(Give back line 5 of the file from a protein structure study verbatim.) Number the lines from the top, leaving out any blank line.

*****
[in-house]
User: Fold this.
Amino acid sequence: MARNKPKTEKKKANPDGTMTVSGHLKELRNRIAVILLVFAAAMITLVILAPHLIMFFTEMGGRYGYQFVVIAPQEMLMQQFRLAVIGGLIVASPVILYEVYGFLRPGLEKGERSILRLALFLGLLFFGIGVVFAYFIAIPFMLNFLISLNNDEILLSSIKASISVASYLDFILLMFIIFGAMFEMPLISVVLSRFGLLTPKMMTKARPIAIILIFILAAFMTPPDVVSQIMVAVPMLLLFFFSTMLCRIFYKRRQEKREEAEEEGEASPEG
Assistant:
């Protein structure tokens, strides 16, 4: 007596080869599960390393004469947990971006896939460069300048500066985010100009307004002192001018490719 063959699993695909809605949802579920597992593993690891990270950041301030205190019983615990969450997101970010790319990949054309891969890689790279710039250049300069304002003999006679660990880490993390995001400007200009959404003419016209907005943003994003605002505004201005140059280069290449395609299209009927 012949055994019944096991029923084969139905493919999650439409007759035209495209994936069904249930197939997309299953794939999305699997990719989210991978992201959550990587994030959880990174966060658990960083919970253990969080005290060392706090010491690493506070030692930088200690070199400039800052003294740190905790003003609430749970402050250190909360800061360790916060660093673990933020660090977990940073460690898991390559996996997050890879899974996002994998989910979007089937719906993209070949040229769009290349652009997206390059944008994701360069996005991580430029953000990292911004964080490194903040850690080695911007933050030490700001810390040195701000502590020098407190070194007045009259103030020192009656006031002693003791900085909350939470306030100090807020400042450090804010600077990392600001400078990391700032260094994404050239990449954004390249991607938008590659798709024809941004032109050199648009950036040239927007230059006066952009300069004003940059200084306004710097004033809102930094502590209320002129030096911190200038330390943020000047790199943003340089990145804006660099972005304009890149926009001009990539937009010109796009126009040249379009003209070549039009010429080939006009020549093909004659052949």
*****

């Protein structure tokens, strides 16, 4: 007596080869599960390393004469947990971006896939460069300048500066985010100009307004002192001018490719 063959699993695909809605949802579920597992593993690891990270950041301030205190019983615990969450997101970010790319990949054309891969890689790279710039250049300069304002003999006679660990880490993390995001400007200009959404003419016209907005943003994003605002505004201005140059280069290449395609299209009927 012949055994019944096991029923084969139905493919999650439409007759035209495209994936069904249930197939997309299953794939999305699997990719989210991978992201959550990587994030959880990174966060658990960083919970253990969080005290060392706090010491690493506070030692930088200690070199400039800052003294740190905790003003609430749970402050250190909360800061360790916060660093673990933020660090977990940073460690898991390559996996997050890879899974996002994998989910979007089937719906993209070949040229769009290349652009997206390059944008994701360069996005991580430029953000990292911004964080490194903040850690080695911007933050030490700001810390040195701000502590020098407190070194007045009259103030020192009656006031002693003791900085909350939470306030100090807020400042450090804010600077990392600001400078990391700032260094994404050239990449954004390249991607938008590659798709024809941004032109050199648009950036040239927007230059006066952009300069004003940059200084306004710097004033809102930094502590209320002129030096911190200038330390943020000047790199943003340089990145804006660099972005304009890149926009001009990539937009010109796009126009040249379009003209070549039009010429080939006009020549093909004659052949």